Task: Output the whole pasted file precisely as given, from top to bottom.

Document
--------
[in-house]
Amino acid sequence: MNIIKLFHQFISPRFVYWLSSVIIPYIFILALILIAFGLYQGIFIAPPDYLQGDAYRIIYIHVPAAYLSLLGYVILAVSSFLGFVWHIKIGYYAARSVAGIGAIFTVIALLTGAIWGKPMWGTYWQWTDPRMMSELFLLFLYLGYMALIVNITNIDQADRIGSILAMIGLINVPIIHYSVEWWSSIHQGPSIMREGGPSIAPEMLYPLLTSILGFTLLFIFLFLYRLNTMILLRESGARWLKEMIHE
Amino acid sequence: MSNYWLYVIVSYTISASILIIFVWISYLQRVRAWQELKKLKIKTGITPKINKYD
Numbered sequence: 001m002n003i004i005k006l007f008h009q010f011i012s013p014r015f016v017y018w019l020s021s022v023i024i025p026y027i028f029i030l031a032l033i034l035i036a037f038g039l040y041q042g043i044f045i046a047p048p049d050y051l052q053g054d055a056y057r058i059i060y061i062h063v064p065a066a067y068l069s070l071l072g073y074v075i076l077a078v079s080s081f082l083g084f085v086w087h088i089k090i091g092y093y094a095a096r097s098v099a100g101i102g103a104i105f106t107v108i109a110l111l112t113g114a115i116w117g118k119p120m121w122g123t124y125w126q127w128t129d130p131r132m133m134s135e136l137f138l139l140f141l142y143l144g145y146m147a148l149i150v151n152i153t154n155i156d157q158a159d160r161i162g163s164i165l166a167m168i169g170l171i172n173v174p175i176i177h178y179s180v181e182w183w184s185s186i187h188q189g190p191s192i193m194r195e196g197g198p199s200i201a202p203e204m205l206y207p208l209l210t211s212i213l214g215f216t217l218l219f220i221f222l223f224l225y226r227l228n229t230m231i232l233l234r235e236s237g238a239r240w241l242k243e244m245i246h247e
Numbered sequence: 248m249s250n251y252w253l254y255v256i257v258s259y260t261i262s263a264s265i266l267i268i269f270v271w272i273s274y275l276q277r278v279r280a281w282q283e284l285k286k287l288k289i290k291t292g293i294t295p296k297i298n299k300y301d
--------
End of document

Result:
[in-house]
Amino acid sequence: MNIIKLFHQFISPRFVYWLSSVIIPYIFILALILIAFGLYQGIFIAPPDYLQGDAYRIIYIHVPAAYLSLLGYVILAVSSFLGFVWHIKIGYYAARSVAGIGAIFTVIALLTGAIWGKPMWGTYWQWTDPRMMSELFLLFLYLGYMALIVNITNIDQADRIGSILAMIGLINVPIIHYSVEWWSSIHQGPSIMREGGPSIAPEMLYPLLTSILGFTLLFIFLFLYRLNTMILLRESGARWLKEMIHE
Amino acid sequence: MSNYWLYVIVSYTISASILIIFVWISYLQRVRAWQELKKLKIKTGITPKINKYD
Numbered sequence: 001m002n003i004i005k006l007f008h009q010f011i012s013p014r015f016v017y018w019l020s021s022v023i024i025p026y027i028f029i030l031a032l033i034l035i036a037f038g039l040y041q042g043i044f045i046a047p048p049d050y051l052q053g054d055a056y057r058i059i060y061i062h063v064p065a066a067y068l069s070l071l072g073y074v075i076l077a078v079s080s081f082l083g084f085v086w087h088i089k090i091g092y093y094a095a096r097s098v099a100g101i102g103a104i105f106t107v108i109a110l111l112t113g114a115i116w117g118k119p120m121w122g123t124y125w126q127w128t129d130p131r132m133m134s135e136l137f138l139l140f141l142y143l144g145y146m147a148l149i150v151n152i153t154n155i156d157q158a159d160r161i162g163s164i165l166a167m168i169g170l171i172n173v174p175i176i177h178y179s180v181e182w183w184s185s186i187h188q189g190p191s192i193m194r195e196g197g198p199s200i201a202p203e204m205l206y207p208l209l210t211s212i213l214g215f216t217l218l219f220i221f222l223f224l225y226r227l228n229t230m231i232l233l234r235e236s237g238a239r240w241l242k243e244m245i246h247e
Numbered sequence: 248m249s250n251y252w253l254y255v256i257v258s259y260t261i262s263a264s265i266l267i268i269f270v271w272i273s274y275l276q277r278v279r280a281w282q283e284l285k286k287l288k289i290k291t292g293i294t295p296k297i298n299k300y301d